The Science of Self-Talk: Rumination

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It’s important to note here that negative emotion (or negative affect) is not necessarily your enemy. It’s how you think about negative emotions that makes them negative.

In other words, how you represent negative emotions to yourself in your own self-talk is the key ingredient that turns them into real negativity. How so?

Researchers studying depression have figured out that people with clinical depression have a kind of compulsive destructive self-talk.

Psychologists call it rumination, and its characteristic is repetitively going over symptoms of distress, like a scab you keep obsessively picking at.

Its other characteristic is passivity. You don’t focus on solutions but problems.

So you have a negative emotion, such as sadness, but, on top of that sadness, you’re telling yourself this toxic story:

It’s all useless, I can’t do anything right. I’ve been stuck in this same position forever and I’ll never get out of it.

Dysfunctional self-talk tells a story. It’s the wrong kind of story, a story in which you’re passive and helpless.

In constructive self-talk, on the other hand, you see yourself as someone who can achieve your goals. That doesn’t just lift your mood.

It’s a self-fulfilling prophecy. If you see yourself as capable, then you have the right perspective to become capable.

That puts you in the driver’s seat.




My two cents: Self talk: “Edward Bourne PhD. Anxiety specialist: “It is so automatic and subtle you don’t notice it or the effect it has on your moods and feelings. It appears in telegraphic form- one short word or image (”Oh no!) contains a whole series of thoughts, memories, or associations. Anxious.18th self-talk is typically irrational but almost always sounds like the truth.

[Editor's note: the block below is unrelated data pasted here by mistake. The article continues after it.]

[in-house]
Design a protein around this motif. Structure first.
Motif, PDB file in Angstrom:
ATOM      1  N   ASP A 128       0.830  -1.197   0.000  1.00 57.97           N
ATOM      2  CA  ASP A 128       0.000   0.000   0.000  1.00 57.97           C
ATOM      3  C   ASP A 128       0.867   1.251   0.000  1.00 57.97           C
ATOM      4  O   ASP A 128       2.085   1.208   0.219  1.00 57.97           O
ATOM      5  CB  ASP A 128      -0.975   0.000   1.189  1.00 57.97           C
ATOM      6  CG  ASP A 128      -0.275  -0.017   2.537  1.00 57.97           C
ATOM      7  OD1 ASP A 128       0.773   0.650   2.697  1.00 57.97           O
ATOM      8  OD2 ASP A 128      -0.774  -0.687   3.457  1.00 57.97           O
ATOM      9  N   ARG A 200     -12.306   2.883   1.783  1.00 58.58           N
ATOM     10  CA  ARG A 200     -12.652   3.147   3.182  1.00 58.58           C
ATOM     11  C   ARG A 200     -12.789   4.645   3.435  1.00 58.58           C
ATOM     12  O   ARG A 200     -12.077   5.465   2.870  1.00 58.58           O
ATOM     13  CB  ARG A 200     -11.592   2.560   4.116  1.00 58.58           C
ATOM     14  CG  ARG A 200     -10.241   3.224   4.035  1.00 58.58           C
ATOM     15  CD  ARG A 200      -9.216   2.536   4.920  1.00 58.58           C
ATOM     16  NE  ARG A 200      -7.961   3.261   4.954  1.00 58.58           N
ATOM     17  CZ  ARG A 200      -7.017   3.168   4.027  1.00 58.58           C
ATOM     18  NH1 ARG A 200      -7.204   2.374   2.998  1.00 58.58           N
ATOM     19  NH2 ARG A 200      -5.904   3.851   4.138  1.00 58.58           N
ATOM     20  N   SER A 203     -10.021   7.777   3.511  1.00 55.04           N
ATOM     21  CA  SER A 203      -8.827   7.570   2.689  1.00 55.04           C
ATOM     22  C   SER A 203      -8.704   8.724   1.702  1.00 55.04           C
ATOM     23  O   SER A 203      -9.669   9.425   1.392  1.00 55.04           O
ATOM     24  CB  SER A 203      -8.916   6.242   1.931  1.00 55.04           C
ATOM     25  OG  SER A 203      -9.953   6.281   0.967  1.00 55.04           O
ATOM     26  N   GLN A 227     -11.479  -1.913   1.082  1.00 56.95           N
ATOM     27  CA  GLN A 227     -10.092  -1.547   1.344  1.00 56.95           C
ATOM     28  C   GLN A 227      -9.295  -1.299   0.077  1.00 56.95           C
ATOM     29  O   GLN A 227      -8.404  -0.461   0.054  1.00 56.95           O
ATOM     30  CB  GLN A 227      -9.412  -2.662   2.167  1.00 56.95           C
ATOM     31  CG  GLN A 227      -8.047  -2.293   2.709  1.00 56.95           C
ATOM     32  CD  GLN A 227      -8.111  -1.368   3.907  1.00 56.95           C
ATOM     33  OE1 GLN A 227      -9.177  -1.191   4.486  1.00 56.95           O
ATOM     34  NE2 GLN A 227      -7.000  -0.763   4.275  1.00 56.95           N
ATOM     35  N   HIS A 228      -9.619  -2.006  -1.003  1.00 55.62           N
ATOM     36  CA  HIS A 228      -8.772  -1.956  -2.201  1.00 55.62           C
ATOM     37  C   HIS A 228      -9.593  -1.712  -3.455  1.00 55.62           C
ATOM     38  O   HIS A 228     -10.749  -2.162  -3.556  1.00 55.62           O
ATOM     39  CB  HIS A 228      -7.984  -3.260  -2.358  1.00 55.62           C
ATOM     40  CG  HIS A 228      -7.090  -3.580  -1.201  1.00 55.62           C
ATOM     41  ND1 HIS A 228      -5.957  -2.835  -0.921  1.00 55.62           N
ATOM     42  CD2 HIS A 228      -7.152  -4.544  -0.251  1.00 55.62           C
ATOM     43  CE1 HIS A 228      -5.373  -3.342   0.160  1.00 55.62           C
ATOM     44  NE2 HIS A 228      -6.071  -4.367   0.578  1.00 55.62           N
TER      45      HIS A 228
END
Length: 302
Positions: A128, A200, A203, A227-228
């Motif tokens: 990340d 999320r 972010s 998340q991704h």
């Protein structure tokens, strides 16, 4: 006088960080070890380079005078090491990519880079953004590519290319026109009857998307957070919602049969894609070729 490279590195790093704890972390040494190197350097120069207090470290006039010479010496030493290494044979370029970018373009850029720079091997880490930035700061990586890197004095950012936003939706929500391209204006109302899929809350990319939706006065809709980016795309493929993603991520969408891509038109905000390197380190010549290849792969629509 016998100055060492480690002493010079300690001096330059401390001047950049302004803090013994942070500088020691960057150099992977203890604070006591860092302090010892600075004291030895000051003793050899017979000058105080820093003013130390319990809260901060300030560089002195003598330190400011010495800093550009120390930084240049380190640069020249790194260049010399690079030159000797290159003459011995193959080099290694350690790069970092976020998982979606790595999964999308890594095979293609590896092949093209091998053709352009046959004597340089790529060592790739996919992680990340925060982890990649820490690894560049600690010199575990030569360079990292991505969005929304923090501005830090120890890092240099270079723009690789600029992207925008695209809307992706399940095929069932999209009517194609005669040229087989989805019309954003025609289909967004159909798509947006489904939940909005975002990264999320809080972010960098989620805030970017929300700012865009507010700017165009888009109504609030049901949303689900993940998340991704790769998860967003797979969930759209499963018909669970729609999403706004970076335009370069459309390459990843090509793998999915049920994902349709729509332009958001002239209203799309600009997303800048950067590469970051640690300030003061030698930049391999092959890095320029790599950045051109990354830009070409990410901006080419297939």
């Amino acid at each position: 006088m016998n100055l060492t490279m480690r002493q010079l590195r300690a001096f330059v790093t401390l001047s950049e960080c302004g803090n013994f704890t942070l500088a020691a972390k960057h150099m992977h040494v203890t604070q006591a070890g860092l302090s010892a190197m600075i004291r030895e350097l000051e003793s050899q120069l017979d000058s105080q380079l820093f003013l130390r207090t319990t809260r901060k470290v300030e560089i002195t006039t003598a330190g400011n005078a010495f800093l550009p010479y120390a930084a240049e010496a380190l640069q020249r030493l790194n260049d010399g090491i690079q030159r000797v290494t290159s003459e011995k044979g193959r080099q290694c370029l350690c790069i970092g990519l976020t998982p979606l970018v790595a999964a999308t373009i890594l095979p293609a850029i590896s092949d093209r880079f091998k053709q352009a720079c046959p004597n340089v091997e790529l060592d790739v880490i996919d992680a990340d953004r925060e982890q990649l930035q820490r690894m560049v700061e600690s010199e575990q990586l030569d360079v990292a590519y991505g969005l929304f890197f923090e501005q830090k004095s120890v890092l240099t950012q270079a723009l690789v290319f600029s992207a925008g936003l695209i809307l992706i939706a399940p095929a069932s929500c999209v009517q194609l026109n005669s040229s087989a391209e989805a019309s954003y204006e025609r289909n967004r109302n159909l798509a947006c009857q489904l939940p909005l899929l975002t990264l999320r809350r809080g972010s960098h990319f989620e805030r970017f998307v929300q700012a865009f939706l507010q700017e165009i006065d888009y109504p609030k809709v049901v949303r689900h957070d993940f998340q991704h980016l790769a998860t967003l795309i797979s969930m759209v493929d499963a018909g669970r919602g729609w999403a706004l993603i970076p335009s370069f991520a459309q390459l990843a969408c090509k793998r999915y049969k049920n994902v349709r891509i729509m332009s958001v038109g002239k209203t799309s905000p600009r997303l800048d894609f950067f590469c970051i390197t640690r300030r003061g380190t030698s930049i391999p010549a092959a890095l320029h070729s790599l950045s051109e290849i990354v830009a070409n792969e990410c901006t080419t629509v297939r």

4 responses to this post.

  1. Posted by jeanetteirene on October 15, 2019 at 4:16 pm

    I love this article. I am feeling proud of myself for holding the positive and capable self-talk. In a 2 year friendship, things turned south, and I was berated terribly for a mood I was in. I spoke my truth and called a ‘cooling off’ time. In this time, my friend went silent. I took some time to take stock of my end of things in this communication. I then addressed my friend with desire to heal this hurt. I still got nothing back. 5 weeks went by, and I was mourning the loss of this friendship, so I extended and ‘olive branch’ of mutual interest ….. his love of camping. He was quick to reply….. wanting to ‘pick up’ at the point before the berating. I said I wanted a conversation so we could not repeat that event. It was to be a problem solving discussion. It was negated. He wanted to just ‘laugh it off’ and not discuss or dissect anything. That told me a great deal about who he is. I was sad to have this friendship close, but I am proud that I am holding my ground on my needs. Reframing things to my own self-care of self talk, helped me weather this sad happening.

  2. Excellent

    Our self talk can be so negative in conflict

    Some avoid conflict at all costs

    Be proud of your stance, it comes out of fairness and communication

    Look how many couples lack open and honest dialogue

  3. MarandaRussel wrote

    I’ve always ruminated way too much. I know I do and yet I still do it

    Somehow I trashed your comment sorry

  4. You have The awareness now we need to use our tools

    Our focus we build meditating then we use it when needed

    All we need to do is focus on the breath and come to now. Negative self talk fades

    Next affirmations recited daily changes our self image and thus self talk

    In this moment me right now, I am worthy, confident, kind and grateful

    It and play during the day


    In the morning preparing for the day, listen to your inner voice

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